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Safety Day Excitement

Wichita Falls, Texas — Zoey and I made it to Texas a couple of days too late for U.S. Custom Harvesters, Inc.’s Safety Day in Wichita Falls, Texas, but from what I hear it was a good turnout. There were not quite as many crews as last year, but this year is starting out a little different. With crops forecast to be early, USCHI planned Safety Day a little earlier, anticipating that crews would be arriving earlier. As it turned out, late rains delayed some areas, and some crews hadn’t taken off yet at the time of the event. There was also an annual truck check postponing some crews’ trip south.

Photo taken by Mandi Sieren, USCHI

USCHI invited a few new speakers this year. Everyone seemed particularly impressed with the first aid presentation, where one of our crew volunteered for a tourniquet demonstration. It’s always really excellent information that I’m so glad our crew gets before we start.

Case IH also unveiled its 8260 combine, new to its Axil series. Paul has one of the early releases he will run this year. The new platform for the machine is updated technology, while still keeping the machine simple. It’ll be interesting to see how it performs in comparison to our 8250s.

Photo taken by Mandi Sieren, USCHI

The day Zoey and I made it to the campers, our combines started combining. I was glad we made it down in time to bring supper out on our first day of cutting. Since then, we have been steadily cutting for about five days before a rain day put us on pause. We are back working today, and I think we’ll be getting close to wrapping Texas up in the next week or so.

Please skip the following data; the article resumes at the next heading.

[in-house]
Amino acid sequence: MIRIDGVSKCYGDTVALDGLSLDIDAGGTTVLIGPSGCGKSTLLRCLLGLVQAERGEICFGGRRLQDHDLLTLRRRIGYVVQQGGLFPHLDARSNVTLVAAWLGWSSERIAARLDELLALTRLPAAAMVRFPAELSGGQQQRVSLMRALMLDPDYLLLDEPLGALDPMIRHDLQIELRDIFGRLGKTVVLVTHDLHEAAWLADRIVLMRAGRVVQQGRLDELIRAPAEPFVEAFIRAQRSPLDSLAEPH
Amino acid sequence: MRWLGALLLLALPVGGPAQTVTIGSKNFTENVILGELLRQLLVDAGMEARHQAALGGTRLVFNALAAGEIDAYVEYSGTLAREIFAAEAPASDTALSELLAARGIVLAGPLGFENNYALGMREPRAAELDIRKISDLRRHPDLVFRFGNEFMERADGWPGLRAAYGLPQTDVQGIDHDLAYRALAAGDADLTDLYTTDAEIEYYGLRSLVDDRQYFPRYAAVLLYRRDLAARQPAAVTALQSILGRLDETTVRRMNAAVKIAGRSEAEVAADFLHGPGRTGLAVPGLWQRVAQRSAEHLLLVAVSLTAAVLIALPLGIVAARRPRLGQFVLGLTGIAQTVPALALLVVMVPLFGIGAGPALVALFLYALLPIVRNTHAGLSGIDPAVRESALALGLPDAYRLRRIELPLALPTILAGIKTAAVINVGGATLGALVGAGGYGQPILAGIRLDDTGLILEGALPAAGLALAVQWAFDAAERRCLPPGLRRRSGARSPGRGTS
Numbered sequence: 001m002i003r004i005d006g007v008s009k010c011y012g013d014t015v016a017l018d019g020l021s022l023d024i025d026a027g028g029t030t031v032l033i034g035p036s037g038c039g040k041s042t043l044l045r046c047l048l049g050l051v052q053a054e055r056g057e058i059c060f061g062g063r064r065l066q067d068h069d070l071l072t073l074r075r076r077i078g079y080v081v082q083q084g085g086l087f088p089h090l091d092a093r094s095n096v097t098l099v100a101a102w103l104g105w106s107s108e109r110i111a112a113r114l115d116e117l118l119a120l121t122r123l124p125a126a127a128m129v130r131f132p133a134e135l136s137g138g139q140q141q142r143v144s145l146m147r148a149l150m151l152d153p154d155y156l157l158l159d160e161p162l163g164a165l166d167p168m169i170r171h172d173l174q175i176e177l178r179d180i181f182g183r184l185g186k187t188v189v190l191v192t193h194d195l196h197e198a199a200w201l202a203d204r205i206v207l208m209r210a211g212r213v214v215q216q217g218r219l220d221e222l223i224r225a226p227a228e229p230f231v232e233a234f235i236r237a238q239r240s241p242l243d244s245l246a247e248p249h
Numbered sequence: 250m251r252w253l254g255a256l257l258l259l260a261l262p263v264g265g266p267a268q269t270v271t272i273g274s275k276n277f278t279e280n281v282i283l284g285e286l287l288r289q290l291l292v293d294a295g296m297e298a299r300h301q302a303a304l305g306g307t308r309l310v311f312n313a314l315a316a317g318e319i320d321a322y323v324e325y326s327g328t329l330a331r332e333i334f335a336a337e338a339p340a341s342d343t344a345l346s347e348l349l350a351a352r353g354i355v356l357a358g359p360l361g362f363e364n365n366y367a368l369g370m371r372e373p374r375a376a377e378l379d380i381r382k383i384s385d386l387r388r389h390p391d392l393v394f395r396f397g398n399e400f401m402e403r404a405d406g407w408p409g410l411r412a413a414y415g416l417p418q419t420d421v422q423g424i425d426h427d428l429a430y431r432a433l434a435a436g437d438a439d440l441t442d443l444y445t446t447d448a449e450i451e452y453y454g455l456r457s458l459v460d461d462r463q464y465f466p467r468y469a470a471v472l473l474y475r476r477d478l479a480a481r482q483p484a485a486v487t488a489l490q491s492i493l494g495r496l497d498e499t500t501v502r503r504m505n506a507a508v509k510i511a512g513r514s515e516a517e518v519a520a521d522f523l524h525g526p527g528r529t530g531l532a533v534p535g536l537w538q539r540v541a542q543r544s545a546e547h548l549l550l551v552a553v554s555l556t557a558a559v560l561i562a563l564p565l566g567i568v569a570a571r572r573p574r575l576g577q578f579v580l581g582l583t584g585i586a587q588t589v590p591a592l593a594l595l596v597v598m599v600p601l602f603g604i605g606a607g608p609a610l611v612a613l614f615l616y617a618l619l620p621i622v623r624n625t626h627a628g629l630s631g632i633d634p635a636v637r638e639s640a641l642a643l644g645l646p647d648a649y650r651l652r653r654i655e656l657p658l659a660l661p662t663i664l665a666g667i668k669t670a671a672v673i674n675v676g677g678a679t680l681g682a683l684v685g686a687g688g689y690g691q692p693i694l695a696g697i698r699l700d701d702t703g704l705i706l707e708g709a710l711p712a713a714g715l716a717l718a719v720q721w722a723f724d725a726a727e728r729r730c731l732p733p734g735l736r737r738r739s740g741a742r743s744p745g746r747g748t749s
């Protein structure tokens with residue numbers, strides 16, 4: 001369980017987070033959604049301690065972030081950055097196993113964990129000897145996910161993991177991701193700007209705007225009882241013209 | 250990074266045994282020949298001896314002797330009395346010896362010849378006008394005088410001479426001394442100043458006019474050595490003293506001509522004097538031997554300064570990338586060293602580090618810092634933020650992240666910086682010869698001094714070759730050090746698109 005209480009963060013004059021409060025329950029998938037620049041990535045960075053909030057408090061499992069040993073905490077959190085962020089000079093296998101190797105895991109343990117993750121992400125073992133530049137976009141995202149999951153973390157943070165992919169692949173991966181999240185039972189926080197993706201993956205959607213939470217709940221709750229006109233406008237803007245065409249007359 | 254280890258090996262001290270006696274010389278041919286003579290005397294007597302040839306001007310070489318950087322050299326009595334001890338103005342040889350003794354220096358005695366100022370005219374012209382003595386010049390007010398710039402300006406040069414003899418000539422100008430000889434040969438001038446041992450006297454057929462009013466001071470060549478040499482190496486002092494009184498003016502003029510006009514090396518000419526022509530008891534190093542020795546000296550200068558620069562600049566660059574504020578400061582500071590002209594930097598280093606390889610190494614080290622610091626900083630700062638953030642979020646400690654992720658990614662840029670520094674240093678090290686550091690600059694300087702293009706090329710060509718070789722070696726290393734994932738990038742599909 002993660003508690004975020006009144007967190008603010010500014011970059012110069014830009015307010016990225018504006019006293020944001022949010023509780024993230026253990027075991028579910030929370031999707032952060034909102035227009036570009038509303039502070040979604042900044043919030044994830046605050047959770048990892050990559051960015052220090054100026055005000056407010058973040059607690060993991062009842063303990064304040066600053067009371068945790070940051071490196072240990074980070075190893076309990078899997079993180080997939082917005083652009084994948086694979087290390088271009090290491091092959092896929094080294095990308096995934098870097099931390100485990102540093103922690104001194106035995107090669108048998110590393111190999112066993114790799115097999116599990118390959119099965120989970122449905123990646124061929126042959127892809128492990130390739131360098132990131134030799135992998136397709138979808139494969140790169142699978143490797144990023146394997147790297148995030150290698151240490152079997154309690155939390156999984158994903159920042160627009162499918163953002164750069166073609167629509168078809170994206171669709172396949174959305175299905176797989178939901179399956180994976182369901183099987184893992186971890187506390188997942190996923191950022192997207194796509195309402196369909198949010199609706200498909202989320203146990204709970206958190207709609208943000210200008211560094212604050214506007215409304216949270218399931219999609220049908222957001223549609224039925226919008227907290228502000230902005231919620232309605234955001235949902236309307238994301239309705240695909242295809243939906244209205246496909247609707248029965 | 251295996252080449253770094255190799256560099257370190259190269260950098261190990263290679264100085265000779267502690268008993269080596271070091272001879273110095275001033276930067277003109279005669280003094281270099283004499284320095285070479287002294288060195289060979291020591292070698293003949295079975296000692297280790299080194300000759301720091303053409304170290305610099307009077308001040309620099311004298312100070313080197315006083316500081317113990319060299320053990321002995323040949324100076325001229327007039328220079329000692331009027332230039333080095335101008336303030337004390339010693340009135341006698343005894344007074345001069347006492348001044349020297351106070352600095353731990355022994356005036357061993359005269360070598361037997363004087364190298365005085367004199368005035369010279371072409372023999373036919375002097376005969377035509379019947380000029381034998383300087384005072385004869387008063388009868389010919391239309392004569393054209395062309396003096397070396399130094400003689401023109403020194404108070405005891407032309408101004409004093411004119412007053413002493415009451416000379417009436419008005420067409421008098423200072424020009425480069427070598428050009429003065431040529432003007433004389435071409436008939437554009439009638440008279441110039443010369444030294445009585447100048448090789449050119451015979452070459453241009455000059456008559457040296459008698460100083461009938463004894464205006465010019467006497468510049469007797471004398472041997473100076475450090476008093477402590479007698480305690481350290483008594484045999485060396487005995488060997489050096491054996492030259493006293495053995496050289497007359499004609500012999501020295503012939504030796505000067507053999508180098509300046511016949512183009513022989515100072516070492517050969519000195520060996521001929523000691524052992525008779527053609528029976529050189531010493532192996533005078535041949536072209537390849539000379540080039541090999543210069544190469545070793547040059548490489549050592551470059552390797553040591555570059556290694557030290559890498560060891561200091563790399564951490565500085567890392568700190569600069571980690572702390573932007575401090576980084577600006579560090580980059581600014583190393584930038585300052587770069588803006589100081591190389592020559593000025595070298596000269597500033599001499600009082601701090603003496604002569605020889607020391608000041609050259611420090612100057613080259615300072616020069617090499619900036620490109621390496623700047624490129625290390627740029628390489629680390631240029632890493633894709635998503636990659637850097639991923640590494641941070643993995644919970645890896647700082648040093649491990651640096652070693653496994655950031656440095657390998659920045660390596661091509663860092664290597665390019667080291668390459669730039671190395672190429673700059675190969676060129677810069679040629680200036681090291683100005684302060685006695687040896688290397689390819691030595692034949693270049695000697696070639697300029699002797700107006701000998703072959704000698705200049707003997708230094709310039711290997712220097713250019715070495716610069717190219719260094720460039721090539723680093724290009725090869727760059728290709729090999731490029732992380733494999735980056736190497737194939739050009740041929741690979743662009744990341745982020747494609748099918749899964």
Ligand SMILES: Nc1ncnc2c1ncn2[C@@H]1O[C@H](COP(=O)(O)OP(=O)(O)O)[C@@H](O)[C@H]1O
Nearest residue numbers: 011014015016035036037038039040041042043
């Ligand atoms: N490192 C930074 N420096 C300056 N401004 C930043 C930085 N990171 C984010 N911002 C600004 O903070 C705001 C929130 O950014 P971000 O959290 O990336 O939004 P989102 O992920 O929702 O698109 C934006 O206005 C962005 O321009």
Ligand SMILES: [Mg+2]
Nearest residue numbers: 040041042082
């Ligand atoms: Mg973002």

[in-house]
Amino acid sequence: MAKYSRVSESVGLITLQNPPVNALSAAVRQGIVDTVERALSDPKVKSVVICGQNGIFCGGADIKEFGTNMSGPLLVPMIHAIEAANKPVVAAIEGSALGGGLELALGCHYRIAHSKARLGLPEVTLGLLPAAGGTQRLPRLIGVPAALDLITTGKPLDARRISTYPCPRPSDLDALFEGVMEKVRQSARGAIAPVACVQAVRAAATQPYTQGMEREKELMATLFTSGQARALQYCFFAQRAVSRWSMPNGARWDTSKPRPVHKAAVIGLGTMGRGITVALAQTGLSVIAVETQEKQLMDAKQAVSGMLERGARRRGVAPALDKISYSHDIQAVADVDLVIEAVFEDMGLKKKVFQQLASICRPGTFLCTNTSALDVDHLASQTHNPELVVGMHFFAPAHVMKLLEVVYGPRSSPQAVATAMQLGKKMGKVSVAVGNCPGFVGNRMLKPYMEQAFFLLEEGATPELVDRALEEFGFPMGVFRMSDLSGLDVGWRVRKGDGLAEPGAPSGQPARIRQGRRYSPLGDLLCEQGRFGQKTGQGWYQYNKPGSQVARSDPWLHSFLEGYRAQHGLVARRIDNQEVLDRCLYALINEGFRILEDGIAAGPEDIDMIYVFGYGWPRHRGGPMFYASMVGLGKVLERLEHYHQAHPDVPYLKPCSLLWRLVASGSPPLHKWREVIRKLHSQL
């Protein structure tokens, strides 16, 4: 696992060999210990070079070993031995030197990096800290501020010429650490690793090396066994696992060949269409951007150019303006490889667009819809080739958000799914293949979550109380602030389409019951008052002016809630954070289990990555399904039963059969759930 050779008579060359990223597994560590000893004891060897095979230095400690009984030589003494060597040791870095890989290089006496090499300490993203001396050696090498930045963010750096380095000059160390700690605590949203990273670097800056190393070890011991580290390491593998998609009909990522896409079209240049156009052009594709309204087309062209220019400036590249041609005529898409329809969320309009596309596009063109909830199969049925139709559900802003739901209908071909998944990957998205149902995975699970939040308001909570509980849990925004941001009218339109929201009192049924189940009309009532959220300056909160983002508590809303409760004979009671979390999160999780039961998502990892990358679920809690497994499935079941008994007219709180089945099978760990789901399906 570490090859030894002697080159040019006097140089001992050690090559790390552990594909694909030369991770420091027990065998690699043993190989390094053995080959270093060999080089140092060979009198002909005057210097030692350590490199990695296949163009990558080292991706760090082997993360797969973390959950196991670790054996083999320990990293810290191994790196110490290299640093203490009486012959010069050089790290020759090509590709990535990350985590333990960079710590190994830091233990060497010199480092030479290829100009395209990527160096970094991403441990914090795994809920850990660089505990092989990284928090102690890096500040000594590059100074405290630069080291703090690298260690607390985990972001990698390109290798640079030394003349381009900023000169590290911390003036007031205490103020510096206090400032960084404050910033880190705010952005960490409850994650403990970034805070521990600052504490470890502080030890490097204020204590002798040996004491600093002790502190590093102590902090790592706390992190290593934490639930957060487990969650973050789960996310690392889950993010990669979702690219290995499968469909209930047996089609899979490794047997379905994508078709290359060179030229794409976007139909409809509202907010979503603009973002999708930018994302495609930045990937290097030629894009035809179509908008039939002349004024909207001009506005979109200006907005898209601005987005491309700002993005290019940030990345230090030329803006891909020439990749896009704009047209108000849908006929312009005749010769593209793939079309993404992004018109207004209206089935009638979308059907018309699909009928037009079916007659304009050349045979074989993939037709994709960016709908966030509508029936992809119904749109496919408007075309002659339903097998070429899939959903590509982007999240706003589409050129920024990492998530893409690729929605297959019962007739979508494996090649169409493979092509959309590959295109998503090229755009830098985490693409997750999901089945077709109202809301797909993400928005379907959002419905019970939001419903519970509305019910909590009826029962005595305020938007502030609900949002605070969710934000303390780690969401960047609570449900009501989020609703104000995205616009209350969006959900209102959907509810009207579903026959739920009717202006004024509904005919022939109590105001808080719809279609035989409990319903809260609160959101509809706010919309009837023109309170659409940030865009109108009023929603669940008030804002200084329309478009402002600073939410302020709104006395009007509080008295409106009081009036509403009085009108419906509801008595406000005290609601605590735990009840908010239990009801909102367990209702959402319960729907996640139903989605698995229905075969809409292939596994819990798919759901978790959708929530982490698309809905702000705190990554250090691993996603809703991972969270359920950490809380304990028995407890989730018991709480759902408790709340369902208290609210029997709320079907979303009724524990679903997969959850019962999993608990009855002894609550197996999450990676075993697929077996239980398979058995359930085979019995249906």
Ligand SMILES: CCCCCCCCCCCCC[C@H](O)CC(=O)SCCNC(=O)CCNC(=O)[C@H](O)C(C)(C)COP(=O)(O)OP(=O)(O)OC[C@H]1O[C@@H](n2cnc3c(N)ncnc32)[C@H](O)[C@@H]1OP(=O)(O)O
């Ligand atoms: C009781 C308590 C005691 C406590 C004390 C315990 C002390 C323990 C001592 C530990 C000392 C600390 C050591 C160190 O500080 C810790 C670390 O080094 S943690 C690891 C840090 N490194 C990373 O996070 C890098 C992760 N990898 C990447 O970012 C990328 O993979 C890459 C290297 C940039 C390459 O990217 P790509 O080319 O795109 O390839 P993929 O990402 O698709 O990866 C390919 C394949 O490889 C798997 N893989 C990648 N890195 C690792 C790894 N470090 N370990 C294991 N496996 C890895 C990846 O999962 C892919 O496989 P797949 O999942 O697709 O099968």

Photo taken by Mandi Sieren, USCHI

Crops look good here in Texas. Most fields are falling in the 30 to 60 bushel-per-acre range. The quality is great, between 63 to 64 pound test weights. Fields in Texas are a little sticky as I think Texas saw more rainfall inches than Oklahoma did. Everything that we’ve cut so far across the border in Oklahoma has been fairly dry. Moisture was borderline to begin with, between 13 and 15 percent. We had to move over a couple of fields to come back to once they dried down, but now we’re finding some fields as dry as 11.9 percent moisture.

Our crew seems to be figuring out their rolls well. There’s always a learning curve to overcome, but I believe most are doing well and will continue to find confidence as we cover more acres.

Photo taken by Christy Paplow

Looking forward, we will have acres ready by Roosevelt, Oklahoma, here in the next couple of days, and some of us will be moving by Kiowa, Kansas, by next week. It is an early start this year for us, and Paul mentioned that at some point we might see a lull in our schedule due to how early these first few stops have been. I don’t think I’ll mind, as I feel like we hit the ground running since the moment we arrived.

Thank you to our 2024 All Aboard Wheat Harvest sponsors: Lumivia by Corteva Agriscience, High Plains Journal, Merit Auctions, Kramer Seed Farms, Shelbourne Reynolds, and U.S. Custom Harvesters, Inc

Photo taken by Christy Paplow
Photo taken by Christy Paplow
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